How great that you got to give a talk in the ward! Have I actually ever seen you give and Dad give talks? Sing, yes. Talk.... I don't think I have. I actually gave a talk here in my ward two weeks ago. I was SUPER nervous, but afterwards a lot of people told me that I did pretty well and my Spanish really has improved A LOT. The power of the Holy Ghost really helped you understand and teach the doctrine, but I think in my case the Holy Ghost was backing me up and helping me share the doctrine in Spanish.
I'm sorry that Dad's feeling sick. Is he doing better? That really stinks!
It's funny that you asked me what I'm learning to cook here, because on Friday the Relief Society had a cooking class on how to make tartas (basically pot pies)! I'm really excited to try the recipes out when I have the time on some p-day or other. I would send you pictures, but I forgot my camera cord (again). Hermana Lino and I have also gotten really good at making spaghetti sauce from scratch, since pretty much EVERYTHING has to made from scratch here. Also, I've gotten to eat a whole lot of exotic fruit these last few weeks! People are always giving us mangoes because they have way too many, I've had mburucuya juice, which is really sour but SUPER yummy, and guayaba, which is just now coming into season. Seriously, there is so much fruit here that it fills up the gutters when it all starts to fall! We found a couple of avocado trees too, and there is currently a huge bag of limes on our table that we are going to make into limeade today. The grapes here are really different as well. they're like jelly on the inside, and you suck the middle out and spit out the skin and the seeds. The aren't at ALL like American grapes.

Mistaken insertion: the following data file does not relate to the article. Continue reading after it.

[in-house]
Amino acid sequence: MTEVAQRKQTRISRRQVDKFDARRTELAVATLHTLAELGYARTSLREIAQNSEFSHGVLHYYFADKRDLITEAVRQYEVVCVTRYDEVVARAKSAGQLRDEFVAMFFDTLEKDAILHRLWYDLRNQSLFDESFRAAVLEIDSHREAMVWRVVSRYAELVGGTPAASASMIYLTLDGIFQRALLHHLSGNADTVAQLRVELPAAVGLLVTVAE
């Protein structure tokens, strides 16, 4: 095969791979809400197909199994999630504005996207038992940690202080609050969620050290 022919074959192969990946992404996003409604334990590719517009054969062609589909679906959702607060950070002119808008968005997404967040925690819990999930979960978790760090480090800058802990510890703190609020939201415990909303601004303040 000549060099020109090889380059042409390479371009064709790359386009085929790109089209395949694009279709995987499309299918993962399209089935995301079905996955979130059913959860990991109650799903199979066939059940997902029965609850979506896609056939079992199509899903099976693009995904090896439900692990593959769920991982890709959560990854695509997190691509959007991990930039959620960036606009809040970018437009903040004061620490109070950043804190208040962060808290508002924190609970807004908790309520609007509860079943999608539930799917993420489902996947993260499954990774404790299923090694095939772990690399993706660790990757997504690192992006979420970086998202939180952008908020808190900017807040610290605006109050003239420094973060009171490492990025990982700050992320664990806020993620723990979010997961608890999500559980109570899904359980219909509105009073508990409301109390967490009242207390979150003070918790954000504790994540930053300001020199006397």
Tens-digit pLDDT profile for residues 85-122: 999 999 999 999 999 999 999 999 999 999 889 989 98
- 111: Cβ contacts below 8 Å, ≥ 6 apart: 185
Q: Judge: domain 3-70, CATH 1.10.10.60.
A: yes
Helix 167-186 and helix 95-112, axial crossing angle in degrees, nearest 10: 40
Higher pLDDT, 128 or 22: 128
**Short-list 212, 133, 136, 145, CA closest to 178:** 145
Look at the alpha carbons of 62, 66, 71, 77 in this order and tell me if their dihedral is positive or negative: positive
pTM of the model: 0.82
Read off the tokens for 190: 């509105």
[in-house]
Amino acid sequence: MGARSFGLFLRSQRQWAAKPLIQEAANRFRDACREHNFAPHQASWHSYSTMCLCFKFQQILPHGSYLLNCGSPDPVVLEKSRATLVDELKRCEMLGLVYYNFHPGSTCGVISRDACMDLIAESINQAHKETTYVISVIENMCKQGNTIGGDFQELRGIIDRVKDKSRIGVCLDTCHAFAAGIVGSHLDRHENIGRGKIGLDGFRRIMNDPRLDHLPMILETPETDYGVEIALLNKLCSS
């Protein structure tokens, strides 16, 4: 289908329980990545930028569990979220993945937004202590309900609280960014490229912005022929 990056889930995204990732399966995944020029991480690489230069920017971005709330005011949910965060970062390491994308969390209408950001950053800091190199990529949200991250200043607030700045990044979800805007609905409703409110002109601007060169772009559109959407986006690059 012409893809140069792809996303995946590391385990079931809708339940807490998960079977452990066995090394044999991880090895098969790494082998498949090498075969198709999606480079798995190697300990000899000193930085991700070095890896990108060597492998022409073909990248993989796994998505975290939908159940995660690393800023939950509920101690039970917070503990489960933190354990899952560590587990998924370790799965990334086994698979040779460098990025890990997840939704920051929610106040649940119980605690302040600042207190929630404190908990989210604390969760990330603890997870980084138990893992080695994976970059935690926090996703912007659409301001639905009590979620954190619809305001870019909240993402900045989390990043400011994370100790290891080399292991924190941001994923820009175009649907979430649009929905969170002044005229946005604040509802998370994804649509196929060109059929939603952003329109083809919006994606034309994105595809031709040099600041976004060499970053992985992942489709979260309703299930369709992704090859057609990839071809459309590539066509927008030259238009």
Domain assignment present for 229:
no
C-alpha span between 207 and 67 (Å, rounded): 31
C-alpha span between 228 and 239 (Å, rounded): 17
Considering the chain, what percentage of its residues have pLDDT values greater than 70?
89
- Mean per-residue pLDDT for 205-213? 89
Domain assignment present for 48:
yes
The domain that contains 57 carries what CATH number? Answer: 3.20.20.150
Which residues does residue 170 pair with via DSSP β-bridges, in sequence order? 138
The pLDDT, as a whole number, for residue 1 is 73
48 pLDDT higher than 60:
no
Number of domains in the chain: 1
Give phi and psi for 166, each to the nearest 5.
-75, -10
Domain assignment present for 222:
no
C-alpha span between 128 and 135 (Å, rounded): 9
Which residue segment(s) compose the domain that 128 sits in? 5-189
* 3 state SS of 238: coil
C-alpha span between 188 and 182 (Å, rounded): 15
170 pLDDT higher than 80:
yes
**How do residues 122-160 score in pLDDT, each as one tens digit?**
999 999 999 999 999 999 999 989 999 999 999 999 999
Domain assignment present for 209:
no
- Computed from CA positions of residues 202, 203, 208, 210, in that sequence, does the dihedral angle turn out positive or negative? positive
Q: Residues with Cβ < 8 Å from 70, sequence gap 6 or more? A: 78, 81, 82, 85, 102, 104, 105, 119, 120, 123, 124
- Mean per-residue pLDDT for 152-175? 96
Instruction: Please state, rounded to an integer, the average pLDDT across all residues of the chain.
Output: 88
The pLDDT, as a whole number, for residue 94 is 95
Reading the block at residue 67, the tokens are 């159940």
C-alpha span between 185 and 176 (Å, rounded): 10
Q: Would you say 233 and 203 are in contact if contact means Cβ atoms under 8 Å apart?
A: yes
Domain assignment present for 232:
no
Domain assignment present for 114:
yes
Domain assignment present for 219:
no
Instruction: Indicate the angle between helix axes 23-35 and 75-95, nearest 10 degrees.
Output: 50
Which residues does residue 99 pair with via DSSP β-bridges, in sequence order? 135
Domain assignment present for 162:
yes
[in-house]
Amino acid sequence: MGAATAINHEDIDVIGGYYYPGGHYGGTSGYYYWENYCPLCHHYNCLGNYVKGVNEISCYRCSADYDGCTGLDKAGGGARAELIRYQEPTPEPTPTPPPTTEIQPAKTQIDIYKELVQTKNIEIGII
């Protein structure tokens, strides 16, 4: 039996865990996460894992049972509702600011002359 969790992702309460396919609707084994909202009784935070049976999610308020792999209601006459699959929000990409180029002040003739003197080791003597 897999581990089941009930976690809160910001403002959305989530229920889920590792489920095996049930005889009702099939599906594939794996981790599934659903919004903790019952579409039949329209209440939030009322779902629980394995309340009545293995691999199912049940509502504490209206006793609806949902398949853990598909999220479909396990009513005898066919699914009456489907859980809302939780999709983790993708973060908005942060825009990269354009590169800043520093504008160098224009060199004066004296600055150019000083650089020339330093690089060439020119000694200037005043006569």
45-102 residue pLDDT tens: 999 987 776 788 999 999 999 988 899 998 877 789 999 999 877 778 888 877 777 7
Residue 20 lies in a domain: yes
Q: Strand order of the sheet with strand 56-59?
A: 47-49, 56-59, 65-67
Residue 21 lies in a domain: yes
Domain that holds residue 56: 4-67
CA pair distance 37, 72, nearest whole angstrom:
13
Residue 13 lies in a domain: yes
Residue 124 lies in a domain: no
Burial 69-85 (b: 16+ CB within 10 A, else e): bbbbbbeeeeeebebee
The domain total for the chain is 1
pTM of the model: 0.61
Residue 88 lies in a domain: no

Transfers are tomorrow, so we'll see what happens. I haven't heard of any missionaries being left without internet, so I'm sure I'll be fine. Usually Pres. Agazzani keeps the hermanas closer to the city, but we have a TON more now, so it might change. He just opened up 5 now areas with hermanas in them. I'll let you know what happens next week!
I'm going to end this email with a huge "thank you" to you and Dad. I am realizing more and more how blessed I am to have you as my parents. Yesterday one of our less actives who is trying to reactivate pulled us aside right before sacrament meeting to tell us that his wife left him a few days ago, leaving behind her 11-year-old daughter. She was tired of the humble Paraguayan lifestyle and left for Argentina were she could earn more money and have a "better life". Sadly, this is the third time I've heard this story, too. There are two other brethren that we're working with whose wives have completely abandoned them and their families. All we can do is try to strengthen these members and encourage them to stay strong in the Gospel, despite the trials and temptations that come their way. At times it's difficult when those around us fall to the temptation of having a worldly life, but it's important to focus on the blessings that we have in our families and our homes. Thank you so much for teaching me that, Mom and Dad, and for really showing me what's important. I'm so glad that I don't feel like I ever have to worry about a situation like that. You both recognise the great blessing that is our family, and you really strive to share that with your children. Heck, I was studying the importance of family prayer the other morning and I almost started crying because that made me miss you guys! Seriously, though, thank you for doing your best to guide your children in the light of the Gospel. That alone has blessed us in SO MANY ways.
I love you guys, and I miss you!
This is the mburucuya.
This is the guayaba.